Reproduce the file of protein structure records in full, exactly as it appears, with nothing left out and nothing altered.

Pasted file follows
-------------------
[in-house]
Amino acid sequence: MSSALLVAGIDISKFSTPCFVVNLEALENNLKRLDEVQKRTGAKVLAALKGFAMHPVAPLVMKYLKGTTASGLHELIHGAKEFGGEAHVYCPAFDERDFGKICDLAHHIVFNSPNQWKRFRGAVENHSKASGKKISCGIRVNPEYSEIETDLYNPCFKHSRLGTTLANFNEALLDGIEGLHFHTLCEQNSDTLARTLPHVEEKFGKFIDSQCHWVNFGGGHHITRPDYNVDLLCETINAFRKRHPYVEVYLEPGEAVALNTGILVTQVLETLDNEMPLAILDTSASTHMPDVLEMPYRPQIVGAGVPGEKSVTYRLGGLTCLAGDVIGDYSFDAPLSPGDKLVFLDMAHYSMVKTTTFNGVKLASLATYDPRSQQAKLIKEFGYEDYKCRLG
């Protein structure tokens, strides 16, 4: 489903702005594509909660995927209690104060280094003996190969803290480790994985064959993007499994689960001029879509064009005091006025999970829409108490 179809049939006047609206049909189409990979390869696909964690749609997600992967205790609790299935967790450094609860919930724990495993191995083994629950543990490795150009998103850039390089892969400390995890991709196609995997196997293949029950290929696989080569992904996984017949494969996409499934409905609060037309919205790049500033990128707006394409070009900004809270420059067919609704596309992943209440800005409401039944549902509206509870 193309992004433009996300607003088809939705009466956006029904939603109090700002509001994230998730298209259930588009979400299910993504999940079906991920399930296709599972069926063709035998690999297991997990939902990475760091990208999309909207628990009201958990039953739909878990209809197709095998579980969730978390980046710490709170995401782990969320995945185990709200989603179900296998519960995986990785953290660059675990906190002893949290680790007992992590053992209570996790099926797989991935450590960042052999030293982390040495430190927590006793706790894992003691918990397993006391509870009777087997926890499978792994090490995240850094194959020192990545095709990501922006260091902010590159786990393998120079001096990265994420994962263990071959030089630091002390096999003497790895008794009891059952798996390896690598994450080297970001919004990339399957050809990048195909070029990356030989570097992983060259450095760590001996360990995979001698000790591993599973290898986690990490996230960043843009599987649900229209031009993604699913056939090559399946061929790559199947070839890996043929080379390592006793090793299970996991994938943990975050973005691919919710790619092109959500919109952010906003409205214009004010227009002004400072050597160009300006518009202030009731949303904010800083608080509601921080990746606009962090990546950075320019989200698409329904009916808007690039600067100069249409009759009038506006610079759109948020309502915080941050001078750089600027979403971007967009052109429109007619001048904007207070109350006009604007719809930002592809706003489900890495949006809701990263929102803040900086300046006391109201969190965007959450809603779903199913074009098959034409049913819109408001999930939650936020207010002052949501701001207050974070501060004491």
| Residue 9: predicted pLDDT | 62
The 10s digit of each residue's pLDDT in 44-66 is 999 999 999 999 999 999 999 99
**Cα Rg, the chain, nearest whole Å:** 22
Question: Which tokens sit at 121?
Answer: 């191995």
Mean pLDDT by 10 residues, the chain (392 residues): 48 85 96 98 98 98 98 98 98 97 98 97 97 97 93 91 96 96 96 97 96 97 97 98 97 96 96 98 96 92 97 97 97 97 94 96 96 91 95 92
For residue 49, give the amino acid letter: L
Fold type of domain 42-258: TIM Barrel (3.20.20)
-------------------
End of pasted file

[in-house]
Amino acid sequence: MSSALLVAGIDISKFSTPCFVVNLEALENNLKRLDEVQKRTGAKVLAALKGFAMHPVAPLVMKYLKGTTASGLHELIHGAKEFGGEAHVYCPAFDERDFGKICDLAHHIVFNSPNQWKRFRGAVENHSKASGKKISCGIRVNPEYSEIETDLYNPCFKHSRLGTTLANFNEALLDGIEGLHFHTLCEQNSDTLARTLPHVEEKFGKFIDSQCHWVNFGGGHHITRPDYNVDLLCETINAFRKRHPYVEVYLEPGEAVALNTGILVTQVLETLDNEMPLAILDTSASTHMPDVLEMPYRPQIVGAGVPGEKSVTYRLGGLTCLAGDVIGDYSFDAPLSPGDKLVFLDMAHYSMVKTTTFNGVKLASLATYDPRSQQAKLIKEFGYEDYKCRLG
């Protein structure tokens, strides 16, 4: 489903702005594509909660995927209690104060280094003996190969803290480790994985064959993007499994689960001029879509064009005091006025999970829409108490 179809049939006047609206049909189409990979390869696909964690749609997600992967205790609790299935967790450094609860919930724990495993191995083994629950543990490795150009998103850039390089892969400390995890991709196609995997196997293949029950290929696989080569992904996984017949494969996409499934409905609060037309919205790049500033990128707006394409070009900004809270420059067919609704596309992943209440800005409401039944549902509206509870 193309992004433009996300607003088809939705009466956006029904939603109090700002509001994230998730298209259930588009979400299910993504999940079906991920399930296709599972069926063709035998690999297991997990939902990475760091990208999309909207628990009201958990039953739909878990209809197709095998579980969730978390980046710490709170995401782990969320995945185990709200989603179900296998519960995986990785953290660059675990906190002893949290680790007992992590053992209570996790099926797989991935450590960042052999030293982390040495430190927590006793706790894992003691918990397993006391509870009777087997926890499978792994090490995240850094194959020192990545095709990501922006260091902010590159786990393998120079001096990265994420994962263990071959030089630091002390096999003497790895008794009891059952798996390896690598994450080297970001919004990339399957050809990048195909070029990356030989570097992983060259450095760590001996360990995979001698000790591993599973290898986690990490996230960043843009599987649900229209031009993604699913056939090559399946061929790559199947070839890996043929080379390592006793090793299970996991994938943990975050973005691919919710790619092109959500919109952010906003409205214009004010227009002004400072050597160009300006518009202030009731949303904010800083608080509601921080990746606009962090990546950075320019989200698409329904009916808007690039600067100069249409009759009038506006610079759109948020309502915080941050001078750089600027979403971007967009052109429109007619001048904007207070109350006009604007719809930002592809706003489900890495949006809701990263929102803040900086300046006391109201969190965007959450809603779903199913074009098959034409049913819109408001999930939650936020207010002052949501701001207050974070501060004491």
| Residue 9: predicted pLDDT | 62
The 10s digit of each residue's pLDDT in 44-66 is 999 999 999 999 999 999 999 99
**Cα Rg, the chain, nearest whole Å:** 22
Question: Which tokens sit at 121?
Answer: 């191995």
Mean pLDDT by 10 residues, the chain (392 residues): 48 85 96 98 98 98 98 98 98 97 98 97 97 97 93 91 96 96 96 97 96 97 97 98 97 96 96 98 96 92 97 97 97 97 94 96 96 91 95 92
For residue 49, give the amino acid letter: L
Fold type of domain 42-258: TIM Barrel (3.20.20)